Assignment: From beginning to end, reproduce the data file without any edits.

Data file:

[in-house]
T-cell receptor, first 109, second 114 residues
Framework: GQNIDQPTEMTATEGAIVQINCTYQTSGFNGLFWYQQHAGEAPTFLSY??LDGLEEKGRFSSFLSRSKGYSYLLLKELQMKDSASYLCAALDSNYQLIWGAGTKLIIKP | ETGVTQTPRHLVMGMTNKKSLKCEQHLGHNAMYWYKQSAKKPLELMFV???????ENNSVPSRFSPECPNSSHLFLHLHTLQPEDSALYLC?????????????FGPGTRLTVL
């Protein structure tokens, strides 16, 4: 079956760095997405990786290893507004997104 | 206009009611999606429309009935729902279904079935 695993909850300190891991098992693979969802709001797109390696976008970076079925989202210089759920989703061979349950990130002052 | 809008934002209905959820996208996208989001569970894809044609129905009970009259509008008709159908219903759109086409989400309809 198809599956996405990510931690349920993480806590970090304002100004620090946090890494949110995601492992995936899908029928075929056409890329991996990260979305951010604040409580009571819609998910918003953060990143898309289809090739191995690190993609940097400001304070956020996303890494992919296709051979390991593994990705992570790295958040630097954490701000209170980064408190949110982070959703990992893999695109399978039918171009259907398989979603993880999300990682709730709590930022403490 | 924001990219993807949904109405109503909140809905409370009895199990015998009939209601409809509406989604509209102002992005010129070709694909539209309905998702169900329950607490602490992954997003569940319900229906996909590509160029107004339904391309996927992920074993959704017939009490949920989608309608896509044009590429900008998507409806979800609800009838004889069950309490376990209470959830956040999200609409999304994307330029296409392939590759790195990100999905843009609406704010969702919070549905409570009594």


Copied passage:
[in-house]
T-cell receptor, first 109, second 114 residues
Framework: GQNIDQPTEMTATEGAIVQINCTYQTSGFNGLFWYQQHAGEAPTFLSY??LDGLEEKGRFSSFLSRSKGYSYLLLKELQMKDSASYLCAALDSNYQLIWGAGTKLIIKP | ETGVTQTPRHLVMGMTNKKSLKCEQHLGHNAMYWYKQSAKKPLELMFV???????ENNSVPSRFSPECPNSSHLFLHLHTLQPEDSALYLC?????????????FGPGTRLTVL
């Protein structure tokens, strides 16, 4: 079956760095997405990786290893507004997104 | 206009009611999606429309009935729902279904079935 695993909850300190891991098992693979969802709001797109390696976008970076079925989202210089759920989703061979349950990130002052 | 809008934002209905959820996208996208989001569970894809044609129905009970009259509008008709159908219903759109086409989400309809 198809599956996405990510931690349920993480806590970090304002100004620090946090890494949110995601492992995936899908029928075929056409890329991996990260979305951010604040409580009571819609998910918003953060990143898309289809090739191995690190993609940097400001304070956020996303890494992919296709051979390991593994990705992570790295958040630097954490701000209170980064408190949110982070959703990992893999695109399978039918171009259907398989979603993880999300990682709730709590930022403490 | 924001990219993807949904109405109503909140809905409370009895199990015998009939209601409809509406989604509209102002992005010129070709694909539209309905998702169900329950607490602490992954997003569940319900229906996909590509160029107004339904391309996927992920074993959704017939009490949920989608309608896509044009590429900008998507409806979800609800009838004889069950309490376990209470959830956040999200609409999304994307330029296409392939590759790195990100999905843009609406704010969702919070549905409570009594």